What skeptics fail to realize is that the motivations of crowdfunding “investors” are different: These are not quant investors looking to maximize financial returns while minimizing risk and volatility.
One market that has always seemed immune to disruption (as popularized by Clayton Christensen in the Innovator’s Dilemma) has been the market for money itself.
While all sorts of companies were being disrupted — by fledgling competitors introducing lesser-featured products no one really wanted — those who financed the disruptors gained most. Venture capitalists and investment bankers reaped the benefits when those fledgling companies’ innovative features finally moved into mainstream markets.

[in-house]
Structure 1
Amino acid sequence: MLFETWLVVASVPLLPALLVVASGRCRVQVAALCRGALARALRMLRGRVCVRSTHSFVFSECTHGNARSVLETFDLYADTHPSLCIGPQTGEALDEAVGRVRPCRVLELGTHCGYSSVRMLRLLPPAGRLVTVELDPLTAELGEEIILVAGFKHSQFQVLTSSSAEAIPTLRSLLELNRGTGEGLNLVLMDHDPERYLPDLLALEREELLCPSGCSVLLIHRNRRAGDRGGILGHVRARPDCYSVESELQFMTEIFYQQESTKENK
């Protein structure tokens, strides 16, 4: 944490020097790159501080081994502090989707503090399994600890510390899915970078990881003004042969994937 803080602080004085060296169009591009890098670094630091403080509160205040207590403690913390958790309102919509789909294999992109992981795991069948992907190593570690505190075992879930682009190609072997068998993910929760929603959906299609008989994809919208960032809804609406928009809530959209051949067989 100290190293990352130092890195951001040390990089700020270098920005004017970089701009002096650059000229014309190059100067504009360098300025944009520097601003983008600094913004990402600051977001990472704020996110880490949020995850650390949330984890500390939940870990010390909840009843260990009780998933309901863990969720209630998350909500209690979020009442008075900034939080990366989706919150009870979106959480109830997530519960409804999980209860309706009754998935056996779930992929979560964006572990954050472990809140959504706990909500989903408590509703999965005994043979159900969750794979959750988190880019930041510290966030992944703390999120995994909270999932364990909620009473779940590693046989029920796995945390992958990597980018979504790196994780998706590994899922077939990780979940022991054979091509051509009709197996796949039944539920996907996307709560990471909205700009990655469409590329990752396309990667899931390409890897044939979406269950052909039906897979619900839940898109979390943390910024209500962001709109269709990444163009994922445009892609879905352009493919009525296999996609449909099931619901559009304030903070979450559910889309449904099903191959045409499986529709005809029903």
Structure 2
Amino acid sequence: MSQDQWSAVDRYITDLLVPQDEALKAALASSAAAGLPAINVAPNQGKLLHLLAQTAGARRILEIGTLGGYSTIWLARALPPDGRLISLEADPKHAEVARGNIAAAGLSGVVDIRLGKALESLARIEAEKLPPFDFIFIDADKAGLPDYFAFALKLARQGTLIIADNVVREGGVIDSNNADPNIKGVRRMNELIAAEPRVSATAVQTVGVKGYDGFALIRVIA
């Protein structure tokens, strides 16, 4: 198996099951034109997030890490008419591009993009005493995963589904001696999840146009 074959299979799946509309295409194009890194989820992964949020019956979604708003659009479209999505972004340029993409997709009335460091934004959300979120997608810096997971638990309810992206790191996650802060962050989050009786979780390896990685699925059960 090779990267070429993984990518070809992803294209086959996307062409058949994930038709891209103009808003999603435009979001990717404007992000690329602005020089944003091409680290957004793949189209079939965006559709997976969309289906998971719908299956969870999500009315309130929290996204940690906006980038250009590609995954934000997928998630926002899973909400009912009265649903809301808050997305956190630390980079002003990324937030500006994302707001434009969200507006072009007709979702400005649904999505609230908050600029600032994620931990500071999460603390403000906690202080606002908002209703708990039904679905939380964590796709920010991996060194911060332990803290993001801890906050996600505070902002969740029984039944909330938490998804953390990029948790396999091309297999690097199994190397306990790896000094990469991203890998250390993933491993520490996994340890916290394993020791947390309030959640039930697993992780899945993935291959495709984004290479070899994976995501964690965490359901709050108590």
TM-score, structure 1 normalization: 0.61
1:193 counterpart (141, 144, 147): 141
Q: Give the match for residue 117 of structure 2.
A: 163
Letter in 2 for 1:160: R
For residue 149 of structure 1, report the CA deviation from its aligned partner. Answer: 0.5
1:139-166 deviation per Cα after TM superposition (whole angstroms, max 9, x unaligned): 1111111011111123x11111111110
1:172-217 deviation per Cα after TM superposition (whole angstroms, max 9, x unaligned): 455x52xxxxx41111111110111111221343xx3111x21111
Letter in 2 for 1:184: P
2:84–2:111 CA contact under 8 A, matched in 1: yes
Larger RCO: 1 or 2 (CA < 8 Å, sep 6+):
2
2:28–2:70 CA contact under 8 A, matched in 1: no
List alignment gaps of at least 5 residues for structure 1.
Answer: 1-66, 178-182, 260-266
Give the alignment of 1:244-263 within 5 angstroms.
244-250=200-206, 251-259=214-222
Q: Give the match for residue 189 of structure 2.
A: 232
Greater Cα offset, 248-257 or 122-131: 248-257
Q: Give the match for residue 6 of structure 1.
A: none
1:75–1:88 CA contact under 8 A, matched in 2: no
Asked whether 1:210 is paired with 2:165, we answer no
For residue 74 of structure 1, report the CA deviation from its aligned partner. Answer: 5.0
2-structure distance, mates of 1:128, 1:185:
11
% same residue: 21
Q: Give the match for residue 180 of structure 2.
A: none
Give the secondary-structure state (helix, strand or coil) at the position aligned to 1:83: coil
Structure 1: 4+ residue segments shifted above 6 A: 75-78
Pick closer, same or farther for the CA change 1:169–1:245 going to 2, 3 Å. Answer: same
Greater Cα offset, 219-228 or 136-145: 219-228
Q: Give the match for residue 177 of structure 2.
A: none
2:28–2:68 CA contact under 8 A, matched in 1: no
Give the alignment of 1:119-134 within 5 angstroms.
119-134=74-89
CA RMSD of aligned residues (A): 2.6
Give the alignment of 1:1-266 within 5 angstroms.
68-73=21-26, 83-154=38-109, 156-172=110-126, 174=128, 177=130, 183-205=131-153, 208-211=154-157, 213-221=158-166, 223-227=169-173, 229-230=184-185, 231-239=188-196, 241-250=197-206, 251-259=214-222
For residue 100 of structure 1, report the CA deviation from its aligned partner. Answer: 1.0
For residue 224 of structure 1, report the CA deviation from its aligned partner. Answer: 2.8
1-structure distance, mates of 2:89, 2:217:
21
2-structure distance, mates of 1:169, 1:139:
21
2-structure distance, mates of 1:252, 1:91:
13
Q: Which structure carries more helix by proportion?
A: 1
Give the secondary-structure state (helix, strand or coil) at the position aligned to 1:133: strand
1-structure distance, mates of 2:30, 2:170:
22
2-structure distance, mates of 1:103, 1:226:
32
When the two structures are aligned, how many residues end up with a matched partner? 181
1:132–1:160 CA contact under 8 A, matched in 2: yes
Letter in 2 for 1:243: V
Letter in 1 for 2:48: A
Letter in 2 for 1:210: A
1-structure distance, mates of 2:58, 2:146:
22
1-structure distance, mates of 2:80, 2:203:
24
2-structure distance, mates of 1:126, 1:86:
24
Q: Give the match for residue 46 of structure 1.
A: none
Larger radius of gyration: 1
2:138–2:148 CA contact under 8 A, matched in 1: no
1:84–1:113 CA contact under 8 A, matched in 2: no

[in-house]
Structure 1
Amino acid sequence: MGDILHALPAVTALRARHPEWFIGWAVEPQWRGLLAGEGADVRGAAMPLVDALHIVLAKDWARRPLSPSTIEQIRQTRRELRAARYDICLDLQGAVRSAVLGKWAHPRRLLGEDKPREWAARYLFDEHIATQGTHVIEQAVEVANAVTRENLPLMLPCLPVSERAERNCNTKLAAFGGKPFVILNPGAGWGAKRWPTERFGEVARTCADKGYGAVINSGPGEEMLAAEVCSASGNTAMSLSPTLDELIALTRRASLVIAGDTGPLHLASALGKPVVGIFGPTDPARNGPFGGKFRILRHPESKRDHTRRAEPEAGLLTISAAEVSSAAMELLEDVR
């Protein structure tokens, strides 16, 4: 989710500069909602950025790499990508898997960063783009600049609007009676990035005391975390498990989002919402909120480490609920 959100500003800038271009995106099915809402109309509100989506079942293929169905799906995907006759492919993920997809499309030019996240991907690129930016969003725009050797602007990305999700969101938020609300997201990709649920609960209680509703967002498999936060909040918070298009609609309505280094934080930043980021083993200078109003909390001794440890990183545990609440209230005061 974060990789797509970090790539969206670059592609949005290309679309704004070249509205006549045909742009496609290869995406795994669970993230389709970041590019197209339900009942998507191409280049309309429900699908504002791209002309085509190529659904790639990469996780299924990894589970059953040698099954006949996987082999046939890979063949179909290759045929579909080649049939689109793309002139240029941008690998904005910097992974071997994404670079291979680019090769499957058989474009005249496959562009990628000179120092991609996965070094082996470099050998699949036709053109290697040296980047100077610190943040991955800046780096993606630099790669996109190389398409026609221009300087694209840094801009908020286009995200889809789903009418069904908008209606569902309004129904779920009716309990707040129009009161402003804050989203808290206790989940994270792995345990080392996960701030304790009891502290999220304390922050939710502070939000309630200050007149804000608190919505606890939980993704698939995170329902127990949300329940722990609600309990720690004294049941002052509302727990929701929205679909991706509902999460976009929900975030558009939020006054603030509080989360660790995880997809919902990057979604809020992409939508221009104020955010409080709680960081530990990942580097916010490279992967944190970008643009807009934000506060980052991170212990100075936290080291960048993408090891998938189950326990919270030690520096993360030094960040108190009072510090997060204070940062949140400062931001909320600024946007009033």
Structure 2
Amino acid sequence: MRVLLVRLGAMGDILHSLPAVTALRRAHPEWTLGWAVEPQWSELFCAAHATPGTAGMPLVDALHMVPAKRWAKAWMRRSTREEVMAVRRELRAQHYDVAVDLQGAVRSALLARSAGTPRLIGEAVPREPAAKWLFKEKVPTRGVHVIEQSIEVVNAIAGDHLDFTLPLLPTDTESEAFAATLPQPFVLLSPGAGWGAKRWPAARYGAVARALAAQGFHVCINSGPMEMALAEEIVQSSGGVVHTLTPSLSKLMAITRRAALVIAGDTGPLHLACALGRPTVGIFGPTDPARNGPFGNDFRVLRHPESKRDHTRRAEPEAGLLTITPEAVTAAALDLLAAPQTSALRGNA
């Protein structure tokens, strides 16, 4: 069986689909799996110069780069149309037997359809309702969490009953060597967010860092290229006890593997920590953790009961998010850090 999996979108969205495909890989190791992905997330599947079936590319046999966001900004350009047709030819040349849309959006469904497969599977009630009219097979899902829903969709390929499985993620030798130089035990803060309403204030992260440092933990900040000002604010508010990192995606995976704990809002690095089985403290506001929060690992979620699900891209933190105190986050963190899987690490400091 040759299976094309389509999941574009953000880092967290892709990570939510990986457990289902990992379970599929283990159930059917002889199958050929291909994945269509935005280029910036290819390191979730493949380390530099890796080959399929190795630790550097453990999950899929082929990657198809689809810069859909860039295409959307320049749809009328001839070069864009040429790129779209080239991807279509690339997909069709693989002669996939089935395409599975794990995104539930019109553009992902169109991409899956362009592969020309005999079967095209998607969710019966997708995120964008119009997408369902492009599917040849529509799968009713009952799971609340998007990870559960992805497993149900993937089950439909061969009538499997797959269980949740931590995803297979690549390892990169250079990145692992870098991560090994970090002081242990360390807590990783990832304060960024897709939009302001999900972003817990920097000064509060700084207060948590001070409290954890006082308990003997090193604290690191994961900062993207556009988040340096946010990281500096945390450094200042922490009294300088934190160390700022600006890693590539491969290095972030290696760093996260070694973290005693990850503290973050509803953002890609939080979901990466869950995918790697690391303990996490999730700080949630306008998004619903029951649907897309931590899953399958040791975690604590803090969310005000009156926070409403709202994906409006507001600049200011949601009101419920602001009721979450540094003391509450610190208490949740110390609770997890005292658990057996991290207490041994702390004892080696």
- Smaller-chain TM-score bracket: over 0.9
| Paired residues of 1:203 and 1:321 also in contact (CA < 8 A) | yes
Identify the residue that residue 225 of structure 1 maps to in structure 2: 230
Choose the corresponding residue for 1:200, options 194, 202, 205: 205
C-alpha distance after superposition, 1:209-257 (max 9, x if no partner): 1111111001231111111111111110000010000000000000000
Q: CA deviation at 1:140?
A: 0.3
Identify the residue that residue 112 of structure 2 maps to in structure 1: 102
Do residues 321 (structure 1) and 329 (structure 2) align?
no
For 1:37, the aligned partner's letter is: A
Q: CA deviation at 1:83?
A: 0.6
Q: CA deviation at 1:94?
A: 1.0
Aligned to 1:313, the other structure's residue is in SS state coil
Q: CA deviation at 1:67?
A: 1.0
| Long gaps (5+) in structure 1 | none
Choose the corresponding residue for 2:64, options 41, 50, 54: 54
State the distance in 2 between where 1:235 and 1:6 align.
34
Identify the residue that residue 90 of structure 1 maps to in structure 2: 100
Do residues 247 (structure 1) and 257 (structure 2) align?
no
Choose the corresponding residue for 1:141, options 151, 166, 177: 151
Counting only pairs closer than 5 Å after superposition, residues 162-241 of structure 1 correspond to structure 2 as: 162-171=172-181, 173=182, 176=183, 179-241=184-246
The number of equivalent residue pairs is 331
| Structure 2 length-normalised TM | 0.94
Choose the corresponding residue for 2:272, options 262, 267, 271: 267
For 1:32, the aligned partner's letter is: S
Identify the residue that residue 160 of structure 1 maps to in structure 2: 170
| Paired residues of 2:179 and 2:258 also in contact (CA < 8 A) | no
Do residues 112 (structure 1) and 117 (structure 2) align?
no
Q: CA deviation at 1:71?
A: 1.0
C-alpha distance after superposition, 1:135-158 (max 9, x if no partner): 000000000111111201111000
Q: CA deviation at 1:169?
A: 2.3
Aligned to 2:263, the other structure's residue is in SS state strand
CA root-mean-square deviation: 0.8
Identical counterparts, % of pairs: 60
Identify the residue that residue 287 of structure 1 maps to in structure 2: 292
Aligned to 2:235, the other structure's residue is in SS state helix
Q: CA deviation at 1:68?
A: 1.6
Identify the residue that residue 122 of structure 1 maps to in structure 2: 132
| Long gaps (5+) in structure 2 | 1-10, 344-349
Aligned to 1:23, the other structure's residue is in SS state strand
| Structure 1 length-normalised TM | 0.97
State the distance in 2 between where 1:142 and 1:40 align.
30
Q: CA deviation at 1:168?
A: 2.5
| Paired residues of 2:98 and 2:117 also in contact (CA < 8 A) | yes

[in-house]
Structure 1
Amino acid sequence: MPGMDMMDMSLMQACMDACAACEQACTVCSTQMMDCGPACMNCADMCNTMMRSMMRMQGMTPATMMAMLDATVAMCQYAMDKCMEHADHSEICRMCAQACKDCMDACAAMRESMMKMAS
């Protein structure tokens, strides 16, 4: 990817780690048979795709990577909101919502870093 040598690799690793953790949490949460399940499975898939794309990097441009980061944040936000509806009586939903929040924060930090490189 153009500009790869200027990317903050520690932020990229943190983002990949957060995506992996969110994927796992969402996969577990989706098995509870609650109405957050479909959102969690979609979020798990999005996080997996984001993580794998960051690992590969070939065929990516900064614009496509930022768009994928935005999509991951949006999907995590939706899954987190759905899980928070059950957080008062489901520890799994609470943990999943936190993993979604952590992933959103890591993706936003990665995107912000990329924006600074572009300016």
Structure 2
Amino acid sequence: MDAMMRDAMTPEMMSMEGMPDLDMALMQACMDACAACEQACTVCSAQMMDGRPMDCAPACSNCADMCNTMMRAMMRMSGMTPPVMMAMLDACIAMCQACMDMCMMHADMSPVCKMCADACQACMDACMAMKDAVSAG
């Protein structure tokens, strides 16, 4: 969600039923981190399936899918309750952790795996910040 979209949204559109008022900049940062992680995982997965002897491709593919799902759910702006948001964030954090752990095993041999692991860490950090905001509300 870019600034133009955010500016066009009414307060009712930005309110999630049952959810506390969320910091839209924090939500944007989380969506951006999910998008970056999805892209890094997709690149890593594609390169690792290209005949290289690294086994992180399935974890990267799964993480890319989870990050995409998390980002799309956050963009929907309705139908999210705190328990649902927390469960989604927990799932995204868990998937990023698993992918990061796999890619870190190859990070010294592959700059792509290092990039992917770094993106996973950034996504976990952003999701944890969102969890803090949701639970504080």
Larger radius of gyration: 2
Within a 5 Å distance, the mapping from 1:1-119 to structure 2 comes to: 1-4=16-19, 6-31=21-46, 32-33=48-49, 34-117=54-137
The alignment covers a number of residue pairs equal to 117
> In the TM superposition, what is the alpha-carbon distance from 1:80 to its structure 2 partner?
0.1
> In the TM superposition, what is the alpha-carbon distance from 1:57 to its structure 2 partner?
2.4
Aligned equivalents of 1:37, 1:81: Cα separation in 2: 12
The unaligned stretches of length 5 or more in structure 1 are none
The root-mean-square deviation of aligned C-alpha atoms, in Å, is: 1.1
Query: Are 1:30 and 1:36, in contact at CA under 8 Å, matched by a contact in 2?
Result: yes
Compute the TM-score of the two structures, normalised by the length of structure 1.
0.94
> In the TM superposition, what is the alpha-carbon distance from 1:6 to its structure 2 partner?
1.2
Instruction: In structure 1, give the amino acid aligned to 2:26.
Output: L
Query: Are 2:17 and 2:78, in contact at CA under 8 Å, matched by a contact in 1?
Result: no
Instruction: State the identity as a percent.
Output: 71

But those days of benefitting, while remaining immune to, disruption are done. Because of crowdfunding, Christensen’s heartless yet proven principle is finally turning its steely gaze toward the very way capital is allocated and accessed. However, I’m going to argue here not just for the popular notion of crowdfunding as backing “projects,” but as backing people, too.